Tips on quitting smoking


#1

Ealier someone asked for help with this horrible addiction and I wish to share some of my advice.:slight_smile:
I was a smoker for over 30 years.
I have tried to quit so many times to quit but I could never stop for long. What I found is not one method but a group of methods designed just for me. I was a heavy smoker so my doctor advised using 2 Nicotine Replacement therapy’s (KNOWN AS NRT’s) I used patches and nicotine lozengers (committ’s).
They worked great but you also need to have a mind set. No amount of NRT’s will help replace the physical habit.
For us Catholic’s Pray the Rosary! what a great way to use you hands. It helps the urge pass while asking Mary for Her help.
Also keep busy in your daily tasks. Remove all smoking materials from your home. Wash walls and curtains. Get support or a buddy I did that, my brother Richie.
It can be done.
Also some might say these NRT’s are expensive and cost more then cigarettes----I was paying around $20.00 a carton for generic cigarettes, one week supply. The preminuns are over $25.00. The patches are around $25.00, a weeks worth, generic store brand and around $32.00 for the lozengers but this is tempory. It there was a medicine to help you’d buy it right?
wish you all the best, any help you can contact me by email or Catholic Forums IM


#2

So Kim, what was it that finally helped you quit the smoking? was it the Rosary? and how long now have you not smoked the cigarettes? i would like to relay this to some of my friends and family. i know some friends tried some sort of chewing gum and it helped them, but many in my family still smoke and very much. i think whatever can help a person get over, the cost is not the point. But more, it was there desire to say, i do not want to do this any longer. so i suppose the will of the person. i feel this might be what it takes in the final end.


#3

It’s actually simple–one keeps smoking because one wants to smoke. No force makes us pick up the fag and light up. Of course force of habit works against us powerfully. You can’t drive that out with willpower. Rather, as Bishop Sheen says, you can crowd it out with something you love more than smoking.

God bless you.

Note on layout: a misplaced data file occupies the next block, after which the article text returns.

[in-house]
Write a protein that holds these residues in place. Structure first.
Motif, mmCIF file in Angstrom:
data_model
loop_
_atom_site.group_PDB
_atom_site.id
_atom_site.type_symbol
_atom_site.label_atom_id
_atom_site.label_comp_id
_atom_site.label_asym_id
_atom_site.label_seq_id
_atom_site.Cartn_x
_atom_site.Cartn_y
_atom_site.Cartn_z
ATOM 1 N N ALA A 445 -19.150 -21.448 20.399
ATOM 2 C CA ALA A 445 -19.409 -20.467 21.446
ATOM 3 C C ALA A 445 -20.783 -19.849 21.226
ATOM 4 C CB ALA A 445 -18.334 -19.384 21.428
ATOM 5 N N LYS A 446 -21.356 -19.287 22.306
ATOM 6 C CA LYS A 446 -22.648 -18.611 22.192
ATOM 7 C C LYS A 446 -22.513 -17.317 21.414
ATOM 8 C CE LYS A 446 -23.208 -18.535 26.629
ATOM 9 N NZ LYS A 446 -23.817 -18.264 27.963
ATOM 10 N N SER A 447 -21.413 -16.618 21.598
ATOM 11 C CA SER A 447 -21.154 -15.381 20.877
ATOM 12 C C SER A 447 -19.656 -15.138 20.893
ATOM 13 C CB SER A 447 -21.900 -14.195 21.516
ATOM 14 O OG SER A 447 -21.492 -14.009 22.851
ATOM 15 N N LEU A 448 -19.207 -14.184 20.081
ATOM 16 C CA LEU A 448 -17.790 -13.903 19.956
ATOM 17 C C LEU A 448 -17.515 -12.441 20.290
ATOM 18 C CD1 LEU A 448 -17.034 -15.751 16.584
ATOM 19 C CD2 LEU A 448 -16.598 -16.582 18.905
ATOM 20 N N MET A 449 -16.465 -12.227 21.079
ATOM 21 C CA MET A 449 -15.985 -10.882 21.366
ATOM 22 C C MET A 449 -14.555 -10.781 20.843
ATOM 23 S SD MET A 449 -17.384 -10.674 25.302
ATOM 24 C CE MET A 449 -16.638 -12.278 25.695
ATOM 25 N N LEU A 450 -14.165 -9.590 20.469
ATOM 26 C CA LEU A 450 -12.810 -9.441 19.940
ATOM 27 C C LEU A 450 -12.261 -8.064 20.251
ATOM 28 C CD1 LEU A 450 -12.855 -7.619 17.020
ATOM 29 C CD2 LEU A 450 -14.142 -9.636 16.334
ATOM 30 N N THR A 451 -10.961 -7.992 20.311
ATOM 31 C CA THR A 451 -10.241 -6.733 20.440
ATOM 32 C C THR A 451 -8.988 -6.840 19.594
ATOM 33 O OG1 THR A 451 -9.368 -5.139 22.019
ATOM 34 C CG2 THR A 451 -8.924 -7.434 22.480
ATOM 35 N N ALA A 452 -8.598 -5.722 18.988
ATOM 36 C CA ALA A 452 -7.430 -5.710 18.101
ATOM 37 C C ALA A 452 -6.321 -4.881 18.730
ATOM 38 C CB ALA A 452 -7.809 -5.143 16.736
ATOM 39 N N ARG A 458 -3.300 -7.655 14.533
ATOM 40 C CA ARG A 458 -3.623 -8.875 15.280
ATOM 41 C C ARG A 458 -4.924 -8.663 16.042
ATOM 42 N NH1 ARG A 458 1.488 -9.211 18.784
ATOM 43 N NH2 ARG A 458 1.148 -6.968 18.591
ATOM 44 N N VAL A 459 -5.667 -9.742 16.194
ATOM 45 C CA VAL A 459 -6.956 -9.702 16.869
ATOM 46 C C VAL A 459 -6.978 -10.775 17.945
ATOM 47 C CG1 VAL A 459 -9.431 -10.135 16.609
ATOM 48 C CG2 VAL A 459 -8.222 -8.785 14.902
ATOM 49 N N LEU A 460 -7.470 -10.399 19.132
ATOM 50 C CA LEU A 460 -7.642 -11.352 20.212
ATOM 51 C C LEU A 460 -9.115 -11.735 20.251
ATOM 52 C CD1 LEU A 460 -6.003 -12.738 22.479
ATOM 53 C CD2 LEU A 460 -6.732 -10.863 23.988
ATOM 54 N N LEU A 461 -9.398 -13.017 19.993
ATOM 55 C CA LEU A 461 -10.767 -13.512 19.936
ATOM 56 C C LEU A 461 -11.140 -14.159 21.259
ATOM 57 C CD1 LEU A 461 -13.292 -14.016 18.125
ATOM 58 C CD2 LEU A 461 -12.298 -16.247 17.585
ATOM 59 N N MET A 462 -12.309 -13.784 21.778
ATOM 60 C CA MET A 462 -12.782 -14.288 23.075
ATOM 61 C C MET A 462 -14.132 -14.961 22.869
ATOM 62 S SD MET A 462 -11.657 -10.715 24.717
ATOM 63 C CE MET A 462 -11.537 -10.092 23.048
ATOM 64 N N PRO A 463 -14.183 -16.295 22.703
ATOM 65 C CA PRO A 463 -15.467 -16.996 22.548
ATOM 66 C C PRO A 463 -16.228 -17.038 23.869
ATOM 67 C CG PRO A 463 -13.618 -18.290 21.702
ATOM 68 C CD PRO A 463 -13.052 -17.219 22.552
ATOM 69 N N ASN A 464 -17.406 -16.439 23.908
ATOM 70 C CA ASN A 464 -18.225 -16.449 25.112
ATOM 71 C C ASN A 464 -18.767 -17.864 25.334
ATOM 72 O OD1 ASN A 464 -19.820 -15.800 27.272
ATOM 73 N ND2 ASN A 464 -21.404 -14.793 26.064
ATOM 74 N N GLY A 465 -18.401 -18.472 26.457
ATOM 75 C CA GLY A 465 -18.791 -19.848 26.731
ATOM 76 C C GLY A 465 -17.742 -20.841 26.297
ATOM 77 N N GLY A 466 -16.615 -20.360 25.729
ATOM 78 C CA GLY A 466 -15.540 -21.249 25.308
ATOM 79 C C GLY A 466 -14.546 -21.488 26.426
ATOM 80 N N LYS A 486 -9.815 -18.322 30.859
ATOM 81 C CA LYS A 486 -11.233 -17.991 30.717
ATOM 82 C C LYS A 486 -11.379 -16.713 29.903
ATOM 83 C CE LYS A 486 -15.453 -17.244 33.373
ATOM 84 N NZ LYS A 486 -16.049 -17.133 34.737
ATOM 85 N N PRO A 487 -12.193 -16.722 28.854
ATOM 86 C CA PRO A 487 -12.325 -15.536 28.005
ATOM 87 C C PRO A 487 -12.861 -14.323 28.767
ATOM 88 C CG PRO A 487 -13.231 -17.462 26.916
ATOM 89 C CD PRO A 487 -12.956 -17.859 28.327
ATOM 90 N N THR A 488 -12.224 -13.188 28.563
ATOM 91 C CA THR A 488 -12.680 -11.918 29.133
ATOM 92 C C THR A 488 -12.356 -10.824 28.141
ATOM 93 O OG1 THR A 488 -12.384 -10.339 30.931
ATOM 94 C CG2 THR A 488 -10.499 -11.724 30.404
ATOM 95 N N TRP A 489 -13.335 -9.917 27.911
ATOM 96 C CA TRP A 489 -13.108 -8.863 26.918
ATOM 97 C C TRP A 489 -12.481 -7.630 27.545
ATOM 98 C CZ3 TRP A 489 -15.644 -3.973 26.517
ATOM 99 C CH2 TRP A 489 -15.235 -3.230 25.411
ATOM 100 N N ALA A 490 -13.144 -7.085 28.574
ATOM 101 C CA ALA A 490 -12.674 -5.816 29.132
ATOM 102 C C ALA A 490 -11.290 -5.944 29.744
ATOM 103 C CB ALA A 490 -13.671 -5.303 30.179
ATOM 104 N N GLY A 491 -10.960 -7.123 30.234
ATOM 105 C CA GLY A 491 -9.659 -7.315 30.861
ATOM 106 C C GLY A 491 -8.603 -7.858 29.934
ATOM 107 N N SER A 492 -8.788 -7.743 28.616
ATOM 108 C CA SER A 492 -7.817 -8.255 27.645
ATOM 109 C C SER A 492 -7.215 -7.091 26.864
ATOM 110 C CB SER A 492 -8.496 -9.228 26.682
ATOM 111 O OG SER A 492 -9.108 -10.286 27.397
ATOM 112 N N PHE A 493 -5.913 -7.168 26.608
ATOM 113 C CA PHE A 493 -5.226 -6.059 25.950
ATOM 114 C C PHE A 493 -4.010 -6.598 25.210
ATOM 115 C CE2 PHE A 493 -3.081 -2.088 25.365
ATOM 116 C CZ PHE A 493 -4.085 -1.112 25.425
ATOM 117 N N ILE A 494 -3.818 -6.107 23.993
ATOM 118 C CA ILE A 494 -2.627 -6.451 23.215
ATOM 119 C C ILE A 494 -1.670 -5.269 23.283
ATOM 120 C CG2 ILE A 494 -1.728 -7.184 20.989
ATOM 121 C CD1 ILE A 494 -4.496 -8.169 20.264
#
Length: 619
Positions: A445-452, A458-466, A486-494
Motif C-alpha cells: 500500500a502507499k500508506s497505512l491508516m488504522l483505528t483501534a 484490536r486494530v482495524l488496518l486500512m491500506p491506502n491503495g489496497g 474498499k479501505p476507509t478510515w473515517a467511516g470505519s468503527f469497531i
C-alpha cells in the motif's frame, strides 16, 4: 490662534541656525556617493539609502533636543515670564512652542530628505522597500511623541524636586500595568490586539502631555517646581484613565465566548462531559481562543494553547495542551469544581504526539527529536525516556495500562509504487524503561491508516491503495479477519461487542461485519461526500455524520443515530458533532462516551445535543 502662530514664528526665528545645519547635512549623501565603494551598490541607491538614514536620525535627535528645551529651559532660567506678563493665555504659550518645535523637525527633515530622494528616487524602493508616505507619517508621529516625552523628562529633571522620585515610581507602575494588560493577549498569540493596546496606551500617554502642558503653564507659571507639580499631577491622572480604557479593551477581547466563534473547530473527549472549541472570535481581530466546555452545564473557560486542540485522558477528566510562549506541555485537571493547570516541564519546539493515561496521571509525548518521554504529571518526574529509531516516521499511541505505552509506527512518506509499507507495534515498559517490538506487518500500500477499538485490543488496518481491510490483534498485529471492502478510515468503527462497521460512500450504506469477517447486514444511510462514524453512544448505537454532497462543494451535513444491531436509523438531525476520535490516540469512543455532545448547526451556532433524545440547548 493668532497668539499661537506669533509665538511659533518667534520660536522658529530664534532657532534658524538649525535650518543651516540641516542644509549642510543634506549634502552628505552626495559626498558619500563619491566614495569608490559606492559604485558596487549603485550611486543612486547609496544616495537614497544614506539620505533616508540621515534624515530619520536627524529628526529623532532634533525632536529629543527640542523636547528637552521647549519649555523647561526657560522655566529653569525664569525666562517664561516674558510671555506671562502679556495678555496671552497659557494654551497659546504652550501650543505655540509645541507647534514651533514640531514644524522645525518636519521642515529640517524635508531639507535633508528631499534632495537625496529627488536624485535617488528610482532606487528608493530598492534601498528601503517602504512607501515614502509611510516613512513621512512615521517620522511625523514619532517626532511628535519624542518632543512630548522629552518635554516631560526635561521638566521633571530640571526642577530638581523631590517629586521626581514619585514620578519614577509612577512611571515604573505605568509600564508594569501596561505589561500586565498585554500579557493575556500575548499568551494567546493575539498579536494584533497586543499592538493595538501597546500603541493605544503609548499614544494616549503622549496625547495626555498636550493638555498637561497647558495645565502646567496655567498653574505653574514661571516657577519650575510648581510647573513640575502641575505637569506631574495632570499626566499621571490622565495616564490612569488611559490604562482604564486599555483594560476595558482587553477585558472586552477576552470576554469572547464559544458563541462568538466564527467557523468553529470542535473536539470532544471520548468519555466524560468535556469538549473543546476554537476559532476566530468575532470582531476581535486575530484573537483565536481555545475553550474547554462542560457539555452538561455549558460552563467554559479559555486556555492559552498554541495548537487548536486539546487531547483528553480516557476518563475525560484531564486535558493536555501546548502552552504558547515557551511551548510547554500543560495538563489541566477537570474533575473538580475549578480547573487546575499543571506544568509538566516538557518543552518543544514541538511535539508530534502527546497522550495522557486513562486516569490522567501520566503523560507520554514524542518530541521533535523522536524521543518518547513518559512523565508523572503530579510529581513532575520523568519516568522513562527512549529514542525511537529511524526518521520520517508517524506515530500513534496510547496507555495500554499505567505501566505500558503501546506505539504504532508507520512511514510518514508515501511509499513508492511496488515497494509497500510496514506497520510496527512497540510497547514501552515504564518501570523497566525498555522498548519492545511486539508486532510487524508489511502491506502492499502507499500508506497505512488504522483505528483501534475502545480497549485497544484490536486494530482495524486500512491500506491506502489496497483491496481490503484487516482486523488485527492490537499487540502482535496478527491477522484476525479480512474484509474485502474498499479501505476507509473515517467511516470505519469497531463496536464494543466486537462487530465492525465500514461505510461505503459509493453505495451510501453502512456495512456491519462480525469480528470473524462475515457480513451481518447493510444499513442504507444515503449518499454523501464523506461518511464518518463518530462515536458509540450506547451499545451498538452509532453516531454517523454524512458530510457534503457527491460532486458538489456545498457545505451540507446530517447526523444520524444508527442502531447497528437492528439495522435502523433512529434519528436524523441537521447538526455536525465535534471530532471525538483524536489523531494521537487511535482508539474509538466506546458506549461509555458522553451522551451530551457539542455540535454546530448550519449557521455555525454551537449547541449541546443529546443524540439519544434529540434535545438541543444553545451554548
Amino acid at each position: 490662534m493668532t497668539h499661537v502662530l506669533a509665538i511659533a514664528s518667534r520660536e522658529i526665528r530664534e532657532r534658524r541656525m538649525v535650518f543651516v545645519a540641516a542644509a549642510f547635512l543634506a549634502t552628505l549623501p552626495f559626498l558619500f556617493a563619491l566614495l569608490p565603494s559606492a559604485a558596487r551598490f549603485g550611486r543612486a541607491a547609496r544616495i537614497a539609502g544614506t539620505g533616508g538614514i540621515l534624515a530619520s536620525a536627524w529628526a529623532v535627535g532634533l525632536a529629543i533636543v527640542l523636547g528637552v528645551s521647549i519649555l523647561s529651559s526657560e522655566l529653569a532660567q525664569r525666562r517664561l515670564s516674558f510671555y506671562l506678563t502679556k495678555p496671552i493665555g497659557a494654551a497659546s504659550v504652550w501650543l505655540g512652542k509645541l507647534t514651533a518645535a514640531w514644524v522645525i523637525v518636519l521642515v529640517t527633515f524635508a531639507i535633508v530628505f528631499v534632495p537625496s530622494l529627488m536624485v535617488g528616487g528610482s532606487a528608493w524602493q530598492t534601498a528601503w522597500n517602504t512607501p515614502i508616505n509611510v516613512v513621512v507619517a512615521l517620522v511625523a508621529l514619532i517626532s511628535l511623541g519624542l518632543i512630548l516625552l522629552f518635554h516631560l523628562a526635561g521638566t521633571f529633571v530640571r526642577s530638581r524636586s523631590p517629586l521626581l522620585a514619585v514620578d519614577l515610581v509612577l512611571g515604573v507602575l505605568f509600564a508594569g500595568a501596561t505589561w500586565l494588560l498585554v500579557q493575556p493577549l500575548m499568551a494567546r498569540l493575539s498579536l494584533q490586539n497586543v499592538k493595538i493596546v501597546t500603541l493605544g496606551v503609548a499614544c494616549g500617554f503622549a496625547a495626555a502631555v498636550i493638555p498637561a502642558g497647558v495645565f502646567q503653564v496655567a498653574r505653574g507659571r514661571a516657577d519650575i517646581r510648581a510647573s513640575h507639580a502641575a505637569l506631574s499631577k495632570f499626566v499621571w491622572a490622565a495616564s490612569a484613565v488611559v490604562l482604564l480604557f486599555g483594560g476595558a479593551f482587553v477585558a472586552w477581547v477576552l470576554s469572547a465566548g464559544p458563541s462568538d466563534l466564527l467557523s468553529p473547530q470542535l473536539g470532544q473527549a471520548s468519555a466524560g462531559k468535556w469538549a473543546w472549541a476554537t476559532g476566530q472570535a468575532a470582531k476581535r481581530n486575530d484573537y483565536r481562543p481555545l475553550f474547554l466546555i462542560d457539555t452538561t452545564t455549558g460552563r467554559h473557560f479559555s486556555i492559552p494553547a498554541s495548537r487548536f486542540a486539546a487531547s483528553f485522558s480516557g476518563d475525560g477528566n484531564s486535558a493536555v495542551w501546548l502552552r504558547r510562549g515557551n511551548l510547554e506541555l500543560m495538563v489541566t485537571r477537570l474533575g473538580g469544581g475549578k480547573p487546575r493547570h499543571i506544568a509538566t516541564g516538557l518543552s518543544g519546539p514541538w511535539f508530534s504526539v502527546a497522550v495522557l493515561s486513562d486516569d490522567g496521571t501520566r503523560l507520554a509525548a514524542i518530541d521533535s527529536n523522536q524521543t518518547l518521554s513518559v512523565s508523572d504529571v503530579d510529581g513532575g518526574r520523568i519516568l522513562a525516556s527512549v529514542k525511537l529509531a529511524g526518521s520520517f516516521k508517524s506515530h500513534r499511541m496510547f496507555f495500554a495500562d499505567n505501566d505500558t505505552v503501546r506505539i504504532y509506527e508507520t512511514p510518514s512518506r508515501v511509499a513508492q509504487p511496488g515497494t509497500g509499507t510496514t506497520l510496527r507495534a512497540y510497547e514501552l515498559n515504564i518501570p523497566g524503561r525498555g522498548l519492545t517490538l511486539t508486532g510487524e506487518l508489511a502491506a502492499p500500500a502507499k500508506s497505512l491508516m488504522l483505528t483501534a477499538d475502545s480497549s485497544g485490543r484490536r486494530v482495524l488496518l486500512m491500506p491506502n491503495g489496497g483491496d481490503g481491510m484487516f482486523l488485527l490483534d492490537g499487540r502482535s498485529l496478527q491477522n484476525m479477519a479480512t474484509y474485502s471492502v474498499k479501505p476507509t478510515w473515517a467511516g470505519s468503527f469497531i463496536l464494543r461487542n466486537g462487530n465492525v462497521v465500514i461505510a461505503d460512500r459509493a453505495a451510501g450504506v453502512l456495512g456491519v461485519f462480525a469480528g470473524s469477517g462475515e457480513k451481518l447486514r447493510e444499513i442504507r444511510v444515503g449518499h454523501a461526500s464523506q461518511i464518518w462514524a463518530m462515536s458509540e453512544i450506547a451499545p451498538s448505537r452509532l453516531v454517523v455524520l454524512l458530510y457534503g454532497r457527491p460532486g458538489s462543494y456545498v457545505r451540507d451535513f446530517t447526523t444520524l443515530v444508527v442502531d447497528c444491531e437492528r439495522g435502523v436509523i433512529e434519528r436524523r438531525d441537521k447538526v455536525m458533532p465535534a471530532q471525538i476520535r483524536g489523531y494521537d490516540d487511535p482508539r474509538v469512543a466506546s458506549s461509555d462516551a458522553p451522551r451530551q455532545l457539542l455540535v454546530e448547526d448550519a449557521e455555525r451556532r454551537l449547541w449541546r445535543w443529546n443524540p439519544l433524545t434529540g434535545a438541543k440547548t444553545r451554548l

#4

Actually…it is an addiction your body is dependent on the nicoten(sp?) …it is not a want.
I have smoked for nearly 19 years…tried to quit many times…never succeded though…withdrawl was too bad!


#5

What causes nicotine addiction?
Nicotine is an addictive drug. It causes changes in the brain that make people want to use it more and more. In addition, addictive drugs cause unpleasant withdrawal symptoms. The good feelings that result when an addictive drug is present — and the bad feelings when it’s absent — make breaking any addiction very difficult. Nicotine addiction has historically been one of the hardest addictions to break.
americanheart.org/presenter.jhtml?identifier=4753


#6

Trust me on this. Yes, I am aware of withdrawl, and while it is powerfully influential, it does not compel you to light up–that is an act of the will. You will notice in Alcoholics Anonymous they don’t spend much time on the how’s and the why’s of addiction, but rather operate on the most important thing: not picking up a bottle and drinking. And accepting full responsibility when they fall. This is why patches and gums fail more often than not–they think it is a medical failing when in truth it is a moral one.


#7

Actually I wont trust you on this…it is an ADDICTION


#8

And this is OK Karin. do not feel bad because you cannot do it, because you are not perfect. nobody of us are perfect or ever will be. But, the same, we are all loved by God.

i have an aunt who died when 103 years. she smoked her whole life, she also had a sign in her kitchen which said “License to Bitch”. She was so loved by our family.

sometimes i feel there is too much pressure on us to be perfect and correct our every flaw. God knows what they all are. i am so glad he knows who i am, sins and all.


#9

Never said or implied that I was “perfect”…nor do I feel bad that I have not quit smoking.
what I am saying is that it not as wasy to quit as some folks think it is…especailly the longer you have been somking


#10

I forget how long the withdrawl lasts (about a week, I think?), but it does come to an end.

Once you get past the first week, you’re dealing with environmental stuff - the stuff that triggers you to “want” a smoke - for example, some people have the habit of smoking after a meal, or smoking in the car when they’re driving, and stuff like that.